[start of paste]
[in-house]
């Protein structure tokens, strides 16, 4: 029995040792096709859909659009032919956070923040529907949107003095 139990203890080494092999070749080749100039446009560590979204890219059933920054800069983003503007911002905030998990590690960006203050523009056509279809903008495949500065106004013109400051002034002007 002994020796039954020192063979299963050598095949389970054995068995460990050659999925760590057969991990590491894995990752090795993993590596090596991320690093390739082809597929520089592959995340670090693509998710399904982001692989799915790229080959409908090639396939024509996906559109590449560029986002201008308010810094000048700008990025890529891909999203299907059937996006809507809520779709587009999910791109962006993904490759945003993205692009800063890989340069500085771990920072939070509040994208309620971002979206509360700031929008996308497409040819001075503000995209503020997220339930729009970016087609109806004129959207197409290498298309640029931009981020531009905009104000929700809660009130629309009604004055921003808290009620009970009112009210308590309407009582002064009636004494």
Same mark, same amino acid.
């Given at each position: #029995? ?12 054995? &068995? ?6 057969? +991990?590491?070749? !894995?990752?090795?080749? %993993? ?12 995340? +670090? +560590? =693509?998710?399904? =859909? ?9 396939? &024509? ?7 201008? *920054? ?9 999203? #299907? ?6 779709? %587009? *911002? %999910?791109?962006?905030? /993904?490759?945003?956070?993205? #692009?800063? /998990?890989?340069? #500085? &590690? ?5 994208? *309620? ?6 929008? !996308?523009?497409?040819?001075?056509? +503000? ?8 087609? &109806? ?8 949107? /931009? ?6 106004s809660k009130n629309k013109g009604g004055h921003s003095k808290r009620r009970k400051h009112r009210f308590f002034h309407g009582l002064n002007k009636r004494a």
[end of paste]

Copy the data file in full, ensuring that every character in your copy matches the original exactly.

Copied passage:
[in-house]
């Protein structure tokens, strides 16, 4: 029995040792096709859909659009032919956070923040529907949107003095 139990203890080494092999070749080749100039446009560590979204890219059933920054800069983003503007911002905030998990590690960006203050523009056509279809903008495949500065106004013109400051002034002007 002994020796039954020192063979299963050598095949389970054995068995460990050659999925760590057969991990590491894995990752090795993993590596090596991320690093390739082809597929520089592959995340670090693509998710399904982001692989799915790229080959409908090639396939024509996906559109590449560029986002201008308010810094000048700008990025890529891909999203299907059937996006809507809520779709587009999910791109962006993904490759945003993205692009800063890989340069500085771990920072939070509040994208309620971002979206509360700031929008996308497409040819001075503000995209503020997220339930729009970016087609109806004129959207197409290498298309640029931009981020531009905009104000929700809660009130629309009604004055921003808290009620009970009112009210308590309407009582002064009636004494």
Same mark, same amino acid.
């Given at each position: #029995? ?12 054995? &068995? ?6 057969? +991990?590491?070749? !894995?990752?090795?080749? %993993? ?12 995340? +670090? +560590? =693509?998710?399904? =859909? ?9 396939? &024509? ?7 201008? *920054? ?9 999203? #299907? ?6 779709? %587009? *911002? %999910?791109?962006?905030? /993904?490759?945003?956070?993205? #692009?800063? /998990?890989?340069? #500085? &590690? ?5 994208? *309620? ?6 929008? !996308?523009?497409?040819?001075?056509? +503000? ?8 087609? &109806? ?8 949107? /931009? ?6 106004s809660k009130n629309k013109g009604g004055h921003s003095k808290r009620r009970k400051h009112r009210f308590f002034h309407g009582l002064n002007k009636r004494a």